2. Spec9 says:

      Well the activity & operation of the chargers can be monitored remotely. If one isn’t working when people try to use it, they can dispatch someone to repair it. If a spot is ICEd then the person discovering that should just call the local police and have the car towed.

      Seems pretty simple to me. Well designed chargers should operate pretty well without much need of support. But there do seem to be some problems with vandalism and malfunctioning Chademo chargers. Perhaps they should try to put cameras on the stations.

      1. See Through says:

        So, what happens to your trip when you reach the SC and find that it’s not working? Will you wait few hours till ti gets fixed and charged up? Seems a bit of risk in this.

        1. Kalle says:

          They have almost allways more than one charger on site, and each supercharger have 12 induvidual chargers inside, it can work with broken ones, just slower. So unless all brake at once you dont need to wait at all

        2. Robert says:

          See, Tesla does not put up just one charging station at each point. The usual minimum is 4 and 6 is also a common number of Supercharging points at one station. Toronto has 8, and some in California have 10 – 12!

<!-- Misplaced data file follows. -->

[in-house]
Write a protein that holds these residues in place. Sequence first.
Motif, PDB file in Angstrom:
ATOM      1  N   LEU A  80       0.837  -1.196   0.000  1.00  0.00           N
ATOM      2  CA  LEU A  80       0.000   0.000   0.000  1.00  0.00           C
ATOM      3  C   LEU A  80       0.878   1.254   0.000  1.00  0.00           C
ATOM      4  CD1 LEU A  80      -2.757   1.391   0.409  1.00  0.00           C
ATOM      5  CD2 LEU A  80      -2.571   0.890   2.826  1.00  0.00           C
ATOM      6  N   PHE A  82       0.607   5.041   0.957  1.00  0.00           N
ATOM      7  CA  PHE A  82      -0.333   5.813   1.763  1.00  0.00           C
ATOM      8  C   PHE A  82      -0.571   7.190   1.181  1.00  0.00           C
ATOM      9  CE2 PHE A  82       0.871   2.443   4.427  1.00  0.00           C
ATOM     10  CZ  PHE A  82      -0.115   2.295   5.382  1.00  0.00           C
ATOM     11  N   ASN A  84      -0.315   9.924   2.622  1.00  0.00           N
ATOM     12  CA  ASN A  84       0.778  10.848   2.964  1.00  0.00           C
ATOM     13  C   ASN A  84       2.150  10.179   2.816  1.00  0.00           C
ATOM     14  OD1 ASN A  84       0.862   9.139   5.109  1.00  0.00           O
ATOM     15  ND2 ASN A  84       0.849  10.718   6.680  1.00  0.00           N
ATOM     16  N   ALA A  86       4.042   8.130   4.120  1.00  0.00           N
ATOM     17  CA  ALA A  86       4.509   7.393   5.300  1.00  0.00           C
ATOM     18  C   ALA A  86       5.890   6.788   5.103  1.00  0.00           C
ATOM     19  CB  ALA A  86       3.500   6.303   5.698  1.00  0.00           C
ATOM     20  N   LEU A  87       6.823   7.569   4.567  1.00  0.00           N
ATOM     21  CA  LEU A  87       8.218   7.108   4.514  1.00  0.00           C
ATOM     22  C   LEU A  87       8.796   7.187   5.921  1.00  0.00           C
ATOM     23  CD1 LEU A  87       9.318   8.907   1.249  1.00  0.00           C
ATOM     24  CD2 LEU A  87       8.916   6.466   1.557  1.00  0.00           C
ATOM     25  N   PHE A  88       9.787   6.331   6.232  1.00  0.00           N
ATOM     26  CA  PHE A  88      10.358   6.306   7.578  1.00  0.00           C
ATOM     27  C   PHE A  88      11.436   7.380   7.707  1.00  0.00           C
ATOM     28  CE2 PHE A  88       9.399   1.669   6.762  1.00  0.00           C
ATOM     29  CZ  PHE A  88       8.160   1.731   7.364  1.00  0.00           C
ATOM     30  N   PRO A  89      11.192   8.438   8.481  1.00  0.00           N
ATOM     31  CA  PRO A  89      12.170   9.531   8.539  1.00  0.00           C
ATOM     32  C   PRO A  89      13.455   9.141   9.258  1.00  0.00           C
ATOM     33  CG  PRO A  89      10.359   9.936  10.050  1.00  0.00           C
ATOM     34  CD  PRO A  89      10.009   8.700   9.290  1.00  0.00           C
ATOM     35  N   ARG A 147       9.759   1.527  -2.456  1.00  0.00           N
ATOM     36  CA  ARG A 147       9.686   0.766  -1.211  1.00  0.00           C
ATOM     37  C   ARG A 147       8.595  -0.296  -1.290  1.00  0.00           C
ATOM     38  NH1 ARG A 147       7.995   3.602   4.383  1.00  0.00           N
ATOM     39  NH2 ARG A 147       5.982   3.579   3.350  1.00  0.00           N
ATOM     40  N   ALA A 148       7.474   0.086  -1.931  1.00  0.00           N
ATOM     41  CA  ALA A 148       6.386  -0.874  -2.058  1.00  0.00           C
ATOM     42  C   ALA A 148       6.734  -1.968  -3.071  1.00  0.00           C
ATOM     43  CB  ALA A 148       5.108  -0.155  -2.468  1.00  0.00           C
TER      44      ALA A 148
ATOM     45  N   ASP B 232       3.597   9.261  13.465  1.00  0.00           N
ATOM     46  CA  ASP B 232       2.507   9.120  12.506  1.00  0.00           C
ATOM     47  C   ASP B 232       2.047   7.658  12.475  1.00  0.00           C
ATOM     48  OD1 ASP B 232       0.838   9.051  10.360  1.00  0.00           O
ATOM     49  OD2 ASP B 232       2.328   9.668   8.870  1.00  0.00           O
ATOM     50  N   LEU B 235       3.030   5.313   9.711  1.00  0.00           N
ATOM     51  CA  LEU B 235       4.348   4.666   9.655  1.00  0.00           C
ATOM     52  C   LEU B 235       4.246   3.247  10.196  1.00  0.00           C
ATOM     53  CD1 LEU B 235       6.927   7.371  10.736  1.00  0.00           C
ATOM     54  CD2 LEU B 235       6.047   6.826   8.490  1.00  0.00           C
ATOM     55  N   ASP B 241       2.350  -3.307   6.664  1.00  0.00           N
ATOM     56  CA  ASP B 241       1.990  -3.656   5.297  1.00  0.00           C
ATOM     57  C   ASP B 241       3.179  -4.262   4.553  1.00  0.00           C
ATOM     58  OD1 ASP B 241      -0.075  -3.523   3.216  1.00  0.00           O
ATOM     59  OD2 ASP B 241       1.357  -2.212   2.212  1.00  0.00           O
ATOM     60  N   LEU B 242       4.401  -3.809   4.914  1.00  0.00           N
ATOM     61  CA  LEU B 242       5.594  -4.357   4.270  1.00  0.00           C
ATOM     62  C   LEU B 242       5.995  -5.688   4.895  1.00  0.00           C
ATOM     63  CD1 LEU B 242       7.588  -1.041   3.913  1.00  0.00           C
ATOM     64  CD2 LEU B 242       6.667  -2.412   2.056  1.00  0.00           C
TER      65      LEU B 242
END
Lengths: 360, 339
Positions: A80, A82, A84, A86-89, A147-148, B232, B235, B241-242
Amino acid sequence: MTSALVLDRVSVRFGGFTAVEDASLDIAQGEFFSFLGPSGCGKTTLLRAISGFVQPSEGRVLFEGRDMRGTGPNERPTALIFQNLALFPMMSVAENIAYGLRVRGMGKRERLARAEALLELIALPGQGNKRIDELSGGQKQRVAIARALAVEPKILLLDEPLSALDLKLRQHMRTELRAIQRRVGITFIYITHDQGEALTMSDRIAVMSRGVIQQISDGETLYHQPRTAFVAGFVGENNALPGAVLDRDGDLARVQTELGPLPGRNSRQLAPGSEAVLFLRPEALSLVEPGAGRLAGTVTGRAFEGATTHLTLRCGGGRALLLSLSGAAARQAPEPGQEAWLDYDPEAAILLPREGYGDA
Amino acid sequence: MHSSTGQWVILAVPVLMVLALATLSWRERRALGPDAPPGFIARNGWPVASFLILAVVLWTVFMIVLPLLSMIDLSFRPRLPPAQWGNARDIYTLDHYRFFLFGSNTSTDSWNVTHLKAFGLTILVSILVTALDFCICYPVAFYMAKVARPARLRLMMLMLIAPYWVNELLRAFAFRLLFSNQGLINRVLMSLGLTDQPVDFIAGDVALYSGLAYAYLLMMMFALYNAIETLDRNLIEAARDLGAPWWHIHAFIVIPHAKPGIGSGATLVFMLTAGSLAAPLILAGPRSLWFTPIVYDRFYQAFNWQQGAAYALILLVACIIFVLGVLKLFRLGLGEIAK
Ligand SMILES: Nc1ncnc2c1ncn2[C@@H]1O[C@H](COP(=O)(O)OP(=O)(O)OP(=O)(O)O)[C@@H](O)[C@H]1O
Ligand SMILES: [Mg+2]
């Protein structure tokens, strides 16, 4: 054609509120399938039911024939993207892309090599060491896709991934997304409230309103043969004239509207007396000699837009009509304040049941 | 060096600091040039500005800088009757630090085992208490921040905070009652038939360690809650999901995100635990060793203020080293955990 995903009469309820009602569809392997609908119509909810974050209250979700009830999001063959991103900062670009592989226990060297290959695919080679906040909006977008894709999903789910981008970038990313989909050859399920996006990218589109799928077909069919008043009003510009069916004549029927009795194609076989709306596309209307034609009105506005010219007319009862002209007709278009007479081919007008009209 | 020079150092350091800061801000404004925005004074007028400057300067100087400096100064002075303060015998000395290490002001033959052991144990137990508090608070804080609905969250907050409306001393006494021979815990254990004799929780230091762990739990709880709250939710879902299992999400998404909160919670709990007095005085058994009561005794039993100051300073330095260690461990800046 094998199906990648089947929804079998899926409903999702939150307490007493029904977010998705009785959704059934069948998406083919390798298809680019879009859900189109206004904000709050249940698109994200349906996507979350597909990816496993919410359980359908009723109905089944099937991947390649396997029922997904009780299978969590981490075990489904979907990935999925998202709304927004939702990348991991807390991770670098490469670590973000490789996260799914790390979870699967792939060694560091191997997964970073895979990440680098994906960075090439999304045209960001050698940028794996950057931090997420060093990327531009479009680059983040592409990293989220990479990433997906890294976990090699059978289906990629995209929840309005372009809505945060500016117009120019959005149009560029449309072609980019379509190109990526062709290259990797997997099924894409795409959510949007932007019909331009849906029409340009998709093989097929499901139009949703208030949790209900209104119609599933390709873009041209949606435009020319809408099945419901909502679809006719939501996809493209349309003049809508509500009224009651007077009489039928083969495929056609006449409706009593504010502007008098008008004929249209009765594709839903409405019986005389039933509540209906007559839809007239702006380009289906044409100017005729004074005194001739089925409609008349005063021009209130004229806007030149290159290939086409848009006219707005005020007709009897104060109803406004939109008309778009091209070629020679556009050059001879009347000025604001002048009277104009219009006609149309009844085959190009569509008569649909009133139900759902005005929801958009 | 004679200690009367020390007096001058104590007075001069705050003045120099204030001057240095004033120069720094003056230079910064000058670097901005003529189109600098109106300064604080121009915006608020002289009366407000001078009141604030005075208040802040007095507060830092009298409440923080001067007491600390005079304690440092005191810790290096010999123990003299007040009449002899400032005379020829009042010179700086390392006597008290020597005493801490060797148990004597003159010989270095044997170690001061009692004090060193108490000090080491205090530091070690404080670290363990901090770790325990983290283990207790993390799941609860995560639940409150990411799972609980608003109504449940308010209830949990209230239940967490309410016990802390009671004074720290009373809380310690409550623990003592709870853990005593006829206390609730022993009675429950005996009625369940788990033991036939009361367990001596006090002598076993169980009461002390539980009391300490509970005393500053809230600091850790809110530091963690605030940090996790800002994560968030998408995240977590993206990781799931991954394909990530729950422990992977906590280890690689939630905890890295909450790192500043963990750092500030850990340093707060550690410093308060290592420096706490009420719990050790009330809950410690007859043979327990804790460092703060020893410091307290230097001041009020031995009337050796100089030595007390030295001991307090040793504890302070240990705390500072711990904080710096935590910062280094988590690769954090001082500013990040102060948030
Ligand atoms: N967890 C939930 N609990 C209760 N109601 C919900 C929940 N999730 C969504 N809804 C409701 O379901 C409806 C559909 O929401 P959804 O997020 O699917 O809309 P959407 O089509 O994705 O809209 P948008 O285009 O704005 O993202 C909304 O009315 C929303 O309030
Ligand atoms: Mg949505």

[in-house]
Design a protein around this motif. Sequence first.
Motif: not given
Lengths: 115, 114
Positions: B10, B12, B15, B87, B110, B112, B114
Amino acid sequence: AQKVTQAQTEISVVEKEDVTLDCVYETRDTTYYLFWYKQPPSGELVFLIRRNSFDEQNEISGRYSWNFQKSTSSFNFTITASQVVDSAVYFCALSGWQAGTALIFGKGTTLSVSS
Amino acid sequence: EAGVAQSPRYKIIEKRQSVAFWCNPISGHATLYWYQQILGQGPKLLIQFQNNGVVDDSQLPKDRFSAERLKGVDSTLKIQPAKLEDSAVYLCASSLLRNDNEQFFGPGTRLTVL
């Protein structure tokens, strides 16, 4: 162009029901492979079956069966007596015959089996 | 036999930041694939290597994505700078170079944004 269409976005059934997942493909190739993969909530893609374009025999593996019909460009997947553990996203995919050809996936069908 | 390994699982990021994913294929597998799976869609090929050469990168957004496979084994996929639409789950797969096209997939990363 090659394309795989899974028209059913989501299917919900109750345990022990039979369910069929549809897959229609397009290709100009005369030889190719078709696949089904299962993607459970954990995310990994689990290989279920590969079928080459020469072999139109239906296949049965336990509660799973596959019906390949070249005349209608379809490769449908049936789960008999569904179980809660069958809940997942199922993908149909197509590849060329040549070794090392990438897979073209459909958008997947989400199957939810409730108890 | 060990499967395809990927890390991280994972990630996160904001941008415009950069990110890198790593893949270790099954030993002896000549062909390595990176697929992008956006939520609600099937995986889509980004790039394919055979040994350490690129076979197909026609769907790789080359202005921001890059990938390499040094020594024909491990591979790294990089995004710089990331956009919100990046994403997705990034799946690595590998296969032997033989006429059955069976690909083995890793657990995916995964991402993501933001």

This means that the 200 European stations can charge up not less than 800 Tesla’s at any given time, and rotate in another 800 in 30 – 45 minutes! A single failed unit won’t put a big delay in you Supercharge experience.

      2. Phr3d says:

        @spec9

        yep, smile, you’re on candid camera, automatically turned of from ‘personal settings’ choice of the Tesla when driven up to the SC, LOL.

  2. SeattleTeslaGuy says:

    I think it’s great that Tesla is giving Europe more supercharger love. But, people shouldn’t take this new European plan as anything other than vague intent. Tesla has a bad habit of over promising.

    It’s instructive to look at North American progress vs the promise. SC installations have slowed to a crawl in North America since Feb 2014. Basically, they have been completing a bit more than 5 a month. They need to be lighting up more than 23 a month from now to the end of December to make their 2014 goal of 208 (as defined by the 2014 supercharger map on the Tesla Site). I think it’s unrealistic to expect them to even get close to their promise. If I were a betting man, I’d put money on 160 (basically a bit more than double their current rate).